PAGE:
Leah and Steve Barnacle live life in the slow lane. Literally.
One of their favorite pastimes is loading up their 1930 Model A Ford and taking road trips, exploring the byways and county highways close to home in Minnesota and far away, usually no faster than 50 mph.
Currently, the Deephaven couple is on their way to Nova Scotia. And with the help of their Garmin GPS, they’re looking forward to discovering offbeat towns and curiosities along the way.
Steve Barnacle, a Chanhassen native born and raised near Lotus Lake, and his wife, Leah, met at Minnetonka High School. Not only did Steve find Leah attractive, the deal was sealed when he learned her father owned a 1921 Reo Speedwagon, manufactured by R.E. Olds, who founded Olds Motor Company, makers of the Oldsmobile. But we digress.
“That was back in 1966,” Steve recalled. “It (the Reo) wasn’t running, and I asked her dad if I could work on it. We drove it all over. Then he had a 1911 Maxwell, and we got it up and running.”
The Maxwell was more of a parade car that they’d trailer to parades. Thirteen years later — by then, Leah and Steve were married — Steve decided he wanted a vintage car he could drive on the highway. He came across a reproduction Shay 1929 Ford roadster. Shay Motors made reproduction Model A and Model T cars.
“It had a fiberglass body with a Pinto frame,” Steve said. “We had it a year. I was on a Model A tour and the guys were giving me a hard time about it.”
Steve finally gave in and bought his 1930 Model A Ford touring sedan. It needed work and he was willing to invest the time.
As a maintenance manager for a major food company, Steve was accustomed to spending time making things right. As a result, “I’ve had just a few little hiccups on the road. And the biggest draw about the Model A is that Henry (Ford) made 5 million of them, so you can get parts.”
He and Leah drive it everywhere, even to the grocery store. In winter, he stores it in his man cave where he maintains it.
“Every winter, I’ve done something to the car, working on the body, the interior. I replaced the vinyl seats with the original mohair wool upholstery.” The brakes were trickier to fix, but once he figured them out, “that’s when we started taking longer trips.”
How they roll
In 2012, the couple drove it to Marquette, Michigan for the Model A Ford national convention, whetting the couple’s appetite for long distance trips.
Is it possible to drive cross-country without using the interstates and other major highways clogged with speeding traffic?
“What I try to do, say I want to go from A to B. I turn off ‘Highways’ in ‘avoidances’ on my GPS. Then I start looking at maps, and I go to the Chamber of Commerce of towns along the way. ‘What goes on in this town?’ ‘What’s interesting?’ I look at what’s on the way from A to B. One thing about the U.S. is, every 25 miles there is a gas station.”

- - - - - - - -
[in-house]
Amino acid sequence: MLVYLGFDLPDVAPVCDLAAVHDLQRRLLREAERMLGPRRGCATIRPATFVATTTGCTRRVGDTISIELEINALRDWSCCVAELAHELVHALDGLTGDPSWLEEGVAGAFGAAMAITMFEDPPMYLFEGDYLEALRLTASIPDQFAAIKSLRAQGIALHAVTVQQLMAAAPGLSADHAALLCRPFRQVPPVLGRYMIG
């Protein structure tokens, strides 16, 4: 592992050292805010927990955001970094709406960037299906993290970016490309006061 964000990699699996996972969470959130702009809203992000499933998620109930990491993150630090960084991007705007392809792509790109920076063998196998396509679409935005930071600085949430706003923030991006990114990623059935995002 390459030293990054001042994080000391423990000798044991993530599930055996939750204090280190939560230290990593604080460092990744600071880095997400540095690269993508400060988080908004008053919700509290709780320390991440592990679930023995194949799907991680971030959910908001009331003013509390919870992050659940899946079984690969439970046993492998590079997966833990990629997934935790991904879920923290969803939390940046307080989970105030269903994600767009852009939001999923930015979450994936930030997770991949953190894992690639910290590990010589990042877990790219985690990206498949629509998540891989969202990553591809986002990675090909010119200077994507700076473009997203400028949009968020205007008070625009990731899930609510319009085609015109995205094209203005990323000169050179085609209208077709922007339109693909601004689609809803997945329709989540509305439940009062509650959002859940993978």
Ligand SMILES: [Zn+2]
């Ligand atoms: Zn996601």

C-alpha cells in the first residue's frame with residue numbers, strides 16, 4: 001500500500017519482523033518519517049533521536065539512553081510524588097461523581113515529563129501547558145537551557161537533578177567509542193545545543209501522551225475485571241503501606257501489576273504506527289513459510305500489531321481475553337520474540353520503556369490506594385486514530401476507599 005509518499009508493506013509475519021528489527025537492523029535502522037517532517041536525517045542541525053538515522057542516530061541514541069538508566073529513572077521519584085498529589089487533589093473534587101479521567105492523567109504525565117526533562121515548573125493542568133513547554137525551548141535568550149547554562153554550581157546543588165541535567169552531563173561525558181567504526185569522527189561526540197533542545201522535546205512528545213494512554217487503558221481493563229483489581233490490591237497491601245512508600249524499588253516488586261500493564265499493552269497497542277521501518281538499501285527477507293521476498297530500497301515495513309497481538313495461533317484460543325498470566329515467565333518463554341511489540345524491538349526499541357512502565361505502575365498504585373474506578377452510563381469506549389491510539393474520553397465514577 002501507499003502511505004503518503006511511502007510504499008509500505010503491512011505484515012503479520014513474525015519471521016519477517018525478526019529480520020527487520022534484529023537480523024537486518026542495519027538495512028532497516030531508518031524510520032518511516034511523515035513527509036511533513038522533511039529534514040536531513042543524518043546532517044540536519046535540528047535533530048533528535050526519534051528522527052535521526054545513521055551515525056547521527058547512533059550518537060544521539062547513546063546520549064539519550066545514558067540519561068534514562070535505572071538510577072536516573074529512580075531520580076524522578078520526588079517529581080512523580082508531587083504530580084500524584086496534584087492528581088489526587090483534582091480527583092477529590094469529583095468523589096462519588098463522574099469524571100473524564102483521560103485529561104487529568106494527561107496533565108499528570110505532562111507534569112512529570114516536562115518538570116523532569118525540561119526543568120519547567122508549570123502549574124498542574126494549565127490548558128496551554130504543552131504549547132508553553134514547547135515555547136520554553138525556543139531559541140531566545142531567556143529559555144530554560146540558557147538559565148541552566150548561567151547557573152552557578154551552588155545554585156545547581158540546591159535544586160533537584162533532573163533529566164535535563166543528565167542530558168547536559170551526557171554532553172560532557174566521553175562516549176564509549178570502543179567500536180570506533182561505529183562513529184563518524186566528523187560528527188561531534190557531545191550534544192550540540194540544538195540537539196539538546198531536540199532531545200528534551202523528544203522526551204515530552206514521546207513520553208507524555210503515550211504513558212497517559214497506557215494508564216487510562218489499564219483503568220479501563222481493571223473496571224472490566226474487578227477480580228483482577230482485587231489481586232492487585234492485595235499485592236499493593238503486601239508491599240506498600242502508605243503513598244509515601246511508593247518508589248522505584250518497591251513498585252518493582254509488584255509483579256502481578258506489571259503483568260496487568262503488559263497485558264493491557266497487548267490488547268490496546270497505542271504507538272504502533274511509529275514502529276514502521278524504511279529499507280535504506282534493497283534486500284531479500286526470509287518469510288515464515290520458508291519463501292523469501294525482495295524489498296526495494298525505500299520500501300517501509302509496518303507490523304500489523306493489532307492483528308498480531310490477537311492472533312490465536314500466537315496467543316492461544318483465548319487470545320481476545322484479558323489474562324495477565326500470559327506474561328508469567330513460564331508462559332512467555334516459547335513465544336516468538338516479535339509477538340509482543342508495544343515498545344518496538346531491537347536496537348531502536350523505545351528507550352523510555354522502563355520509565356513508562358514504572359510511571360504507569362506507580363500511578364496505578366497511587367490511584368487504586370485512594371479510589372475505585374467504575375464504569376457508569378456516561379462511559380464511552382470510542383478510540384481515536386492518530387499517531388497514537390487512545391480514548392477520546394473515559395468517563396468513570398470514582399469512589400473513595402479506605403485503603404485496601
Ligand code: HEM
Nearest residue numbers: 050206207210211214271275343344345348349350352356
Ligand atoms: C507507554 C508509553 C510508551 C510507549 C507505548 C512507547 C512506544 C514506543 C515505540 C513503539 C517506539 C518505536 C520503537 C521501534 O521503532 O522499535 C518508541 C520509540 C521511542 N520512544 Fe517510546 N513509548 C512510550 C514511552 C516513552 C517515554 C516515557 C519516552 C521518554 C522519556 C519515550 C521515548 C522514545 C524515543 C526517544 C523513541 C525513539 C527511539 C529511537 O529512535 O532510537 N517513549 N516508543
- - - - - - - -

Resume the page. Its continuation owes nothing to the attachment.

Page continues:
As for eating and sleeping, “We used to bring food, but we don’t deal with that. We’ll have snacks and beverages in a cooler, but we don’t eat much while we’re traveling. And you can always find a grocery store if nothing else, even in the smallest towns.” As for hotels, they don’t plan ahead. Instead, about 3 p.m., they’ll look up the next town and check the hotels and motels online. They usually find a nice one that includes breakfast.
To date, they’ve driven parts of the Lincoln Highway, the Yellowstone Trail, Route 66, as well as many drives to small towns around the Twin Cities and the Upper Midwest.
“We’ve been to Menomonie, Pepin, New Ulm, St. Joseph,” Steve said. “We’ve been to Center City, and up to Spooner, Wisconsin, where you can spend the night in a sleeper car. We’ve been to the Andy Taylor Home Inn Bed & Breakfast in Clear Lake, Wisconsin. A guy built a house exactly like Andy Taylor’s house in (the TV show) ‘The Andy Griffith Show.’
“And yes, you can spend the night in Aunt Bea’s Room, Opie’s Room, or Andy’s Room,” Leah said.
The Barnacles couldn’t stay because it was booked, but they learned from the owner that Mt. Airy, North Carolina, the actual town Mayberry is based on, has recreated Mayberry. It prompted their later road trip to West Virginia and North Carolina. That trip was an adventure. Despite making 19 U-turns and misdirection by the Garmin GPS — “I did a lot of mapping on Google maps,” Steve said, “but a lot of times, the roads aren’t marked the same. You’ll be going along, and all of a sudden, no road. So you have to do a U-turn. The Garmin takes you to places you don’t even know.”
“Fortunately, we’re both extroverts,” Leah said. “We don’t have trouble talking to anyone. People will wave or someone drives by and takes photos of us with their phone.”
“If I’m on a two-lane, I will pull over to let people pass,” Steve said. “But sometimes, people will pull up right beside you to talk. And every time you stop for gas, someone wants to know about the car.”
Steve welcomes the attention. “I want kids to be interested. It’s a dying hobby. People my age, we’re the last generation. The younger people are more interested in the muscle cars.”
There’s some roughing it, of course. There’s no air conditioning, no radio. When Leah isn’t taking in the scenery, she passes the time reading. For this trip, Steve has hooked up a Bluetooth speaker to connect to their mobile phone. On this trip, they’ll be able to listen to music, podcasts and books on tape.
For Leah and Steve, traveling in the slow lane gives them a chance to appreciate the journey as much as the destination.
“We have fun getting lost,” Steve said. “In the West Virginia mountains, parts of the road had fallen off. For me, that’s the most fun, seeing the unique, the beautiful, the out of the ordinary. If we see something interesting, we’ll stop. It’s not like the interstate, where everything goes by so fast and you can’t stop.”